|Looking at the series of pictures from Buffalo, NY, I feel reminded of our winters in Norway when I had to start my tractor every 2 hours to remove the snow from the road and our farm yard. It would almost be futile to keep track of snow amounts by counting inches or centimeters. No, most often it came by the feet. 2 feet in one night was not unheard of. The next morning we had to dig ourselves out of the door and make a tunnel to get into our 5000sqft. pig stable. At the time our house had a steel roof. When the snow piled up high enough you could hear a loud crack, then a prolonged rumble and hope nobody would be standing close to the building, because the person would be buried under heaps and heaps of snow. The entire roof load coming down like an avalanche, would have crushed him. |
I also remember the days and weeks after such a snowfall. Icicles would start growing from the roof edge. As the days went by those icicles would gradually be pushed over the edge and hit the upper-floor windows making it impossible to look out.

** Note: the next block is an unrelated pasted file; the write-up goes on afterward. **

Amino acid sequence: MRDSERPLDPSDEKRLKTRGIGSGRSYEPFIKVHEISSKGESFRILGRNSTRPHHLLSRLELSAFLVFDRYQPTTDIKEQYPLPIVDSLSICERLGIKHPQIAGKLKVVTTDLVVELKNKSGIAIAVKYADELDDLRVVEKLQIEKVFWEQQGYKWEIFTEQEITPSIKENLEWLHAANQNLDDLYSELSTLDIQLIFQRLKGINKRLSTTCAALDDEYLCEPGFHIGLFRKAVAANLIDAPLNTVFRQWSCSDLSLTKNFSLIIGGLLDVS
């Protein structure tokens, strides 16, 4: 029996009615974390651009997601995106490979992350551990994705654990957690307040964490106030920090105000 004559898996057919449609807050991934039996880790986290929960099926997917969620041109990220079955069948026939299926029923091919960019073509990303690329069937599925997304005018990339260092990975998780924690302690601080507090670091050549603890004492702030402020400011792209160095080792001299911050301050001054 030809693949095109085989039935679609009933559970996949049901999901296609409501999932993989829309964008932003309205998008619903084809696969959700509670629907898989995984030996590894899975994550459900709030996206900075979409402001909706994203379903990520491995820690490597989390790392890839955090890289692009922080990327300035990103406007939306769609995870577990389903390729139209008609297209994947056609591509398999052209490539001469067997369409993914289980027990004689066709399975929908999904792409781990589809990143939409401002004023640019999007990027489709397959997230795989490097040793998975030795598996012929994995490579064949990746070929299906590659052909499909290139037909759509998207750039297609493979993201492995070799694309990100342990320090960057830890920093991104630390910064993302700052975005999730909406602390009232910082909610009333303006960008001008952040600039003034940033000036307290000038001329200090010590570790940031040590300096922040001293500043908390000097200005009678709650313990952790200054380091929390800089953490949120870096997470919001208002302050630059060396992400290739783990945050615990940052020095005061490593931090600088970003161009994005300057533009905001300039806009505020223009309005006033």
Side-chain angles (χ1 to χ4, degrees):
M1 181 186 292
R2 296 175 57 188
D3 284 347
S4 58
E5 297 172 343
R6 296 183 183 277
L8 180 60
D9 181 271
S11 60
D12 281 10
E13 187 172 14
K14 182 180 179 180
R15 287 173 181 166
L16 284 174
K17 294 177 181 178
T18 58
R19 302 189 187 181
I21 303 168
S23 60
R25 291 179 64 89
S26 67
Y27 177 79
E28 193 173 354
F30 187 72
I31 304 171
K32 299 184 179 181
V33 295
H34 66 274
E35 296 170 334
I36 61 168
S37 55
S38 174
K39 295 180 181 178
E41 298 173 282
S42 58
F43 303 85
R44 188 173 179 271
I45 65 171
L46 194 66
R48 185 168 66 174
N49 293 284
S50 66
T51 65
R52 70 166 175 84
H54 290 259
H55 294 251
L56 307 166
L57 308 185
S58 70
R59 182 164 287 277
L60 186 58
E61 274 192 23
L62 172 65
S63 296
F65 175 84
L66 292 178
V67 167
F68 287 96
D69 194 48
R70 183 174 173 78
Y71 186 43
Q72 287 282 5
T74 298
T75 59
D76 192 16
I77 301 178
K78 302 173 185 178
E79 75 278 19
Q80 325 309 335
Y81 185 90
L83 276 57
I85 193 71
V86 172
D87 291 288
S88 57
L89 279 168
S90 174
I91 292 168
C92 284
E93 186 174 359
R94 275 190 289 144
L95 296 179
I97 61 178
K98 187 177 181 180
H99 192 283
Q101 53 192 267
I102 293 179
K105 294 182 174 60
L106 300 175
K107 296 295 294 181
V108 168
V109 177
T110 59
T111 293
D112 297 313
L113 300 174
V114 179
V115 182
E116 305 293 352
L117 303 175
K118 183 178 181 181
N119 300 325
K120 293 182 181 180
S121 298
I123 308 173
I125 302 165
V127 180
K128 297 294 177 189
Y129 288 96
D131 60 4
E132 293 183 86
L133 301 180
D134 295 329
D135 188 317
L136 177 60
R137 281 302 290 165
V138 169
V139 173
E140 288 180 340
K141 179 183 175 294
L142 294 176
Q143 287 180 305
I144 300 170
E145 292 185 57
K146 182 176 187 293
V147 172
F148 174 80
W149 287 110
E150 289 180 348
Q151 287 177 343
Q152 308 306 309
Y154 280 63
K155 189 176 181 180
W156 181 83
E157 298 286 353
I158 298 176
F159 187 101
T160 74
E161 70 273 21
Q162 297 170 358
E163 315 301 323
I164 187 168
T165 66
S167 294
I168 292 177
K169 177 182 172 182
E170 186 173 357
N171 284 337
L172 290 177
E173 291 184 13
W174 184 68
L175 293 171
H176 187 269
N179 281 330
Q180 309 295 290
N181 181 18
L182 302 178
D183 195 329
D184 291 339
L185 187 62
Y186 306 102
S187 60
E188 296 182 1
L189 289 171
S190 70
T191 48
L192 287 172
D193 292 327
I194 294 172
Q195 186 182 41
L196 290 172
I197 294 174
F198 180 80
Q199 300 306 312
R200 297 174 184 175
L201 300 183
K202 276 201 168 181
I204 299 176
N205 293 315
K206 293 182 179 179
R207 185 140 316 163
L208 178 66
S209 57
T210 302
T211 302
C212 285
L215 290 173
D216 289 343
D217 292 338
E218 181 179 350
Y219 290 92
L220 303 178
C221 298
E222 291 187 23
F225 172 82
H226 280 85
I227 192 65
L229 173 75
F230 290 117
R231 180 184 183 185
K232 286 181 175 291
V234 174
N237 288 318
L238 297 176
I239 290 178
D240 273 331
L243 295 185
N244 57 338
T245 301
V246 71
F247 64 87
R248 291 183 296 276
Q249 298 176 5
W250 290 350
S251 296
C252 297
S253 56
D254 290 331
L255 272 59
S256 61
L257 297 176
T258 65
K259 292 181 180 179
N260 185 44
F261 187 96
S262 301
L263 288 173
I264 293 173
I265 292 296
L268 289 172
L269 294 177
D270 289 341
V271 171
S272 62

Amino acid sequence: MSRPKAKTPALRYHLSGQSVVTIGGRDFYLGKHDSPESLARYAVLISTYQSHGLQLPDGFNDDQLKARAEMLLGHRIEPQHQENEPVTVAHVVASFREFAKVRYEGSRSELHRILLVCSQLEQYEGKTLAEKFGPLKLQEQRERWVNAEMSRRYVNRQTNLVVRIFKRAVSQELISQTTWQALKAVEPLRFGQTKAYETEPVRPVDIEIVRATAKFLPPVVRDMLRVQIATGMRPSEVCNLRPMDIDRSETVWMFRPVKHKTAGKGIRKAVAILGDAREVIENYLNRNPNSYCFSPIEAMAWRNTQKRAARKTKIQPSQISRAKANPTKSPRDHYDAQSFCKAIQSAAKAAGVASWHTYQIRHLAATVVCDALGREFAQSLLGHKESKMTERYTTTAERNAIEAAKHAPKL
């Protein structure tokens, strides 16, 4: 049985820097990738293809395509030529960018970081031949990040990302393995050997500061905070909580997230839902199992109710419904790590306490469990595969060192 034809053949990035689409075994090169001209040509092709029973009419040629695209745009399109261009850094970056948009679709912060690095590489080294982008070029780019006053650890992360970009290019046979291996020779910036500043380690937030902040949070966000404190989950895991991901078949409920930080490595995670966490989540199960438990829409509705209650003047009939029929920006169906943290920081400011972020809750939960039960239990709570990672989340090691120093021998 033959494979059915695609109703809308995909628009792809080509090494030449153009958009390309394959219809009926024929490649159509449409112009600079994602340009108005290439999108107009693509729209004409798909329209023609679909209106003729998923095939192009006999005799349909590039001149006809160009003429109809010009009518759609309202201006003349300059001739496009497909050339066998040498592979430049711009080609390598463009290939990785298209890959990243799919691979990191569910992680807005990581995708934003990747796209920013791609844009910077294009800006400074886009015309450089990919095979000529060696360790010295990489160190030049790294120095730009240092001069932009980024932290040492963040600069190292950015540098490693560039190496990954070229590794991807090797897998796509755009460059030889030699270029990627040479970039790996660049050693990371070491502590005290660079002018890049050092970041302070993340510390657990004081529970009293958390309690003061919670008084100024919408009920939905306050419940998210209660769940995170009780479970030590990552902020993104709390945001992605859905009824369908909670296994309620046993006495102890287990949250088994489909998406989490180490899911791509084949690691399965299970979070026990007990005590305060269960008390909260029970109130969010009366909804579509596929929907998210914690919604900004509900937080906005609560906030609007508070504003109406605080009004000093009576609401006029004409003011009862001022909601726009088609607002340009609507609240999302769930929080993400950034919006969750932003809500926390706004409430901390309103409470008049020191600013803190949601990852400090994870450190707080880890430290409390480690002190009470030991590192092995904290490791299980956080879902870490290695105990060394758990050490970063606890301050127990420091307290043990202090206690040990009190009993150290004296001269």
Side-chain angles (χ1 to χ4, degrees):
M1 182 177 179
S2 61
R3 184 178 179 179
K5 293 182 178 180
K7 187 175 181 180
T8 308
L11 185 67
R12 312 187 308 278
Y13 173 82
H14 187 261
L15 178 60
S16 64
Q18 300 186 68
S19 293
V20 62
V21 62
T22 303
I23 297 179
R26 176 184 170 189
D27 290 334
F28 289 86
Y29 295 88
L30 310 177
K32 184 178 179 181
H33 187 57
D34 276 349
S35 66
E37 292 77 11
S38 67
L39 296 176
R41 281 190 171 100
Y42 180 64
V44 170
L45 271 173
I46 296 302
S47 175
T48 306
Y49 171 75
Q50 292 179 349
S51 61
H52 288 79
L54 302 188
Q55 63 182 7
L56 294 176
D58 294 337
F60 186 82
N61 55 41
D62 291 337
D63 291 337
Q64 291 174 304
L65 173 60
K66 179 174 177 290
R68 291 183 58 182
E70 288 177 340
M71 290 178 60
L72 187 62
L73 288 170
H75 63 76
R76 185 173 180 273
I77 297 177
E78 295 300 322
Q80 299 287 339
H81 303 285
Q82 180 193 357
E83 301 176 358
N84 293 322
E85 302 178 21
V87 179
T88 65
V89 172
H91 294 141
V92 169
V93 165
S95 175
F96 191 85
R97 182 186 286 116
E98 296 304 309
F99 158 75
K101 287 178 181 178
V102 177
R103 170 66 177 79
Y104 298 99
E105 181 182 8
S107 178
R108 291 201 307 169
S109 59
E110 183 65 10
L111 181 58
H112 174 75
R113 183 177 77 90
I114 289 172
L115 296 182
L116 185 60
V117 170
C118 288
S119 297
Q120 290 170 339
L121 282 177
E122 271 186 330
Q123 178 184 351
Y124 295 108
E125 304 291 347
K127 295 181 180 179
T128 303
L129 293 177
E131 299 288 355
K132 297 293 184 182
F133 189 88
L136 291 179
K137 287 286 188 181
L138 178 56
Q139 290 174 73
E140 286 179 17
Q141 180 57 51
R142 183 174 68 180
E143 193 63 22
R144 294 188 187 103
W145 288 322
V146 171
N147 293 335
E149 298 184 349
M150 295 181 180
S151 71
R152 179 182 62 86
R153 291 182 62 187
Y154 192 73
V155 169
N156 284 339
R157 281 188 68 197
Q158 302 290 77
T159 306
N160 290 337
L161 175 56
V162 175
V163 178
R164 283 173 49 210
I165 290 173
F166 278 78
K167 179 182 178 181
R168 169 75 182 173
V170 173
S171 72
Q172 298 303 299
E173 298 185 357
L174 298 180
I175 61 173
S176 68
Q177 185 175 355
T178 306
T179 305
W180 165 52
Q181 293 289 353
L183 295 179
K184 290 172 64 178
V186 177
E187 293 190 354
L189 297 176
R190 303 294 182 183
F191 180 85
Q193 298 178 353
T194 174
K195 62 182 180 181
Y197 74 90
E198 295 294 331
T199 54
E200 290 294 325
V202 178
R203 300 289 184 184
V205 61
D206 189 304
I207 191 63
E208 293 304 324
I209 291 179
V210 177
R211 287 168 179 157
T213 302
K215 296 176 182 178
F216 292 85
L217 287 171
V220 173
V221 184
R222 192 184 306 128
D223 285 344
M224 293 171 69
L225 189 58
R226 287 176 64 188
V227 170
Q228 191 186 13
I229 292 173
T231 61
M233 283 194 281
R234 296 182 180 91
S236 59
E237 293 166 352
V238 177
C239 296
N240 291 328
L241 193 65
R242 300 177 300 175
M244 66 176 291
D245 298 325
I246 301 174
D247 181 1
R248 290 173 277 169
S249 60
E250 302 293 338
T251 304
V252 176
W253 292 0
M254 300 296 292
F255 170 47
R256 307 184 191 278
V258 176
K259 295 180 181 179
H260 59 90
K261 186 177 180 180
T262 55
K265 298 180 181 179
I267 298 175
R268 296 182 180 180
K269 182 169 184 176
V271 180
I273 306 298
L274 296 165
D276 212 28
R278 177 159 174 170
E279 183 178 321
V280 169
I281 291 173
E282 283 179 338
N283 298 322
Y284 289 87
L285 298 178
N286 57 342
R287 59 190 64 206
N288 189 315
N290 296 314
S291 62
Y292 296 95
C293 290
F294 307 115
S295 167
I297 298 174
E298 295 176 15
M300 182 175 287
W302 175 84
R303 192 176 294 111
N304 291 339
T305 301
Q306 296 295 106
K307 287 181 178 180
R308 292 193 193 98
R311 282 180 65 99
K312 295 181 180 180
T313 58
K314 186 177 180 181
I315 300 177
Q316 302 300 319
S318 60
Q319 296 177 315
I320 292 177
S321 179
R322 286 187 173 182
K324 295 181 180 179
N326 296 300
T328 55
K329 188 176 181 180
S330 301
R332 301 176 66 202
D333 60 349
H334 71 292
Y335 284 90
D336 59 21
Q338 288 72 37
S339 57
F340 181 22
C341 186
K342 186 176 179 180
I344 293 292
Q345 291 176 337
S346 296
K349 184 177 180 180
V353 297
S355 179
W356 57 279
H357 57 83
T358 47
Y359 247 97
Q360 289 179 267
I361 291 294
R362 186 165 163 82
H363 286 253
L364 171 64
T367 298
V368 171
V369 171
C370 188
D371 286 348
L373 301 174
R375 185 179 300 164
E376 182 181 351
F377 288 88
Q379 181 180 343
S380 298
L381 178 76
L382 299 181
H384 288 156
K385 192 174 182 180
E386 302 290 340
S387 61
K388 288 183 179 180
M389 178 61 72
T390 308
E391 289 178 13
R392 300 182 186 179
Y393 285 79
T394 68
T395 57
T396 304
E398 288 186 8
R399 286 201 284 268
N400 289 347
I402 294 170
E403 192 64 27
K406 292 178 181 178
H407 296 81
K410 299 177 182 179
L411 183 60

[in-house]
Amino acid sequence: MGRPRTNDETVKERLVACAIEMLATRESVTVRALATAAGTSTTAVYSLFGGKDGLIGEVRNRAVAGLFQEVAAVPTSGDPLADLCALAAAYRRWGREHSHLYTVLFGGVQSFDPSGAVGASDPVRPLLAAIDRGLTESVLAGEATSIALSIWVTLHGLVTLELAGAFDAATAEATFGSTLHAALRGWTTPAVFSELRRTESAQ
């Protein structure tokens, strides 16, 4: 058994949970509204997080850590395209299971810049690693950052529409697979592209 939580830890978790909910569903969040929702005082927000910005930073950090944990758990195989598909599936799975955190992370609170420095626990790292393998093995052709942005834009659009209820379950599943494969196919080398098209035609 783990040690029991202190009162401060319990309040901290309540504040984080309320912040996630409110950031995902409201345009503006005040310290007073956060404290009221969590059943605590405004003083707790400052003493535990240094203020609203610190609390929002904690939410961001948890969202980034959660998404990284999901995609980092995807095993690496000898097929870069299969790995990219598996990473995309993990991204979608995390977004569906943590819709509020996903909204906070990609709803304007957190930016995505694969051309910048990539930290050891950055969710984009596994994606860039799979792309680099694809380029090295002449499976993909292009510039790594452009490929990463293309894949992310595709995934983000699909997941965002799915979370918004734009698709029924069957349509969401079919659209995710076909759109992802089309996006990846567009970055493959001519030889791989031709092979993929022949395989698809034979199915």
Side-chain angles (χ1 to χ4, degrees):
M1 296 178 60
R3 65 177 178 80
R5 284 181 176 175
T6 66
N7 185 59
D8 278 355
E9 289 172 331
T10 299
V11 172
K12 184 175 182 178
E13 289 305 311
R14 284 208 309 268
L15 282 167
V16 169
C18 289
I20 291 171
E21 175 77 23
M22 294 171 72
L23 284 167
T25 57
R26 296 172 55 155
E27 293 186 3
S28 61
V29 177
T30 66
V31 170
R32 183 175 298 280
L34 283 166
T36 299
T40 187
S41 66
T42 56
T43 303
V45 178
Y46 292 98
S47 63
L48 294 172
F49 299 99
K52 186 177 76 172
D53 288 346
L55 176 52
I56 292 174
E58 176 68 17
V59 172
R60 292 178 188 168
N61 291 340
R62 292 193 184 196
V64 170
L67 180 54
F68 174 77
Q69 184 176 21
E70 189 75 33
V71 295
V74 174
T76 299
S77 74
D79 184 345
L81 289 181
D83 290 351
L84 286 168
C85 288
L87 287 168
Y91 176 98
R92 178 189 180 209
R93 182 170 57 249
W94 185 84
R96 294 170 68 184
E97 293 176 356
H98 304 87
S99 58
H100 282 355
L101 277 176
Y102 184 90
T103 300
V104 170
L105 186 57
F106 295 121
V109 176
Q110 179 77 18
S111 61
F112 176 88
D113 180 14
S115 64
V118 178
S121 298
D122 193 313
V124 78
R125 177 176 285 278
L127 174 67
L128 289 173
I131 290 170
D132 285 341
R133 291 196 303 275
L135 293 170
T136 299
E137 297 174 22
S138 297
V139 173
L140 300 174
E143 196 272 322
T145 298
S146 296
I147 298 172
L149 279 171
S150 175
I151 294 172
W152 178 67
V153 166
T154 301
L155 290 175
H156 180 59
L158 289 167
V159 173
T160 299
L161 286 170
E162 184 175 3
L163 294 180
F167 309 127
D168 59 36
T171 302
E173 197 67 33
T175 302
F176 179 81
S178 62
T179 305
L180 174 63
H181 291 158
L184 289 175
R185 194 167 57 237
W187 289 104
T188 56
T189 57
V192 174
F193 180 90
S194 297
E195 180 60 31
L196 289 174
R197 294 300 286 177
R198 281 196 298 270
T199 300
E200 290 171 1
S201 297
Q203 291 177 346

Our house was a log home and we had 4 or 5 wood burning stoves in the house. We carried wood from the barn to the house and fed the stoves with it. A cozy warmth was filling the 150 year old house and we would sit in our living room looking at the high peaks, covered in snow and ice. When the sky had turned blue again we often observed strong winds blowing snow off the peaks. The high mountains kept the sun from shining into our valley, so it could get quite cold as well. When the month of February came around the sun got over the tops for a few minutes only. We would celebrate with coffee outside. From that day on the sun would shine longer every day.
Those are great memories for us.
We were much younger then and we thought winter was exciting. I still think that winter is exciting but I sure don’t wish 3 ft of snow making life difficult these days.
Thursday, November 20, 2014
When Snow Is Measured in Feet Rather Than Inches
Compiled by: Peter at 7:28 AM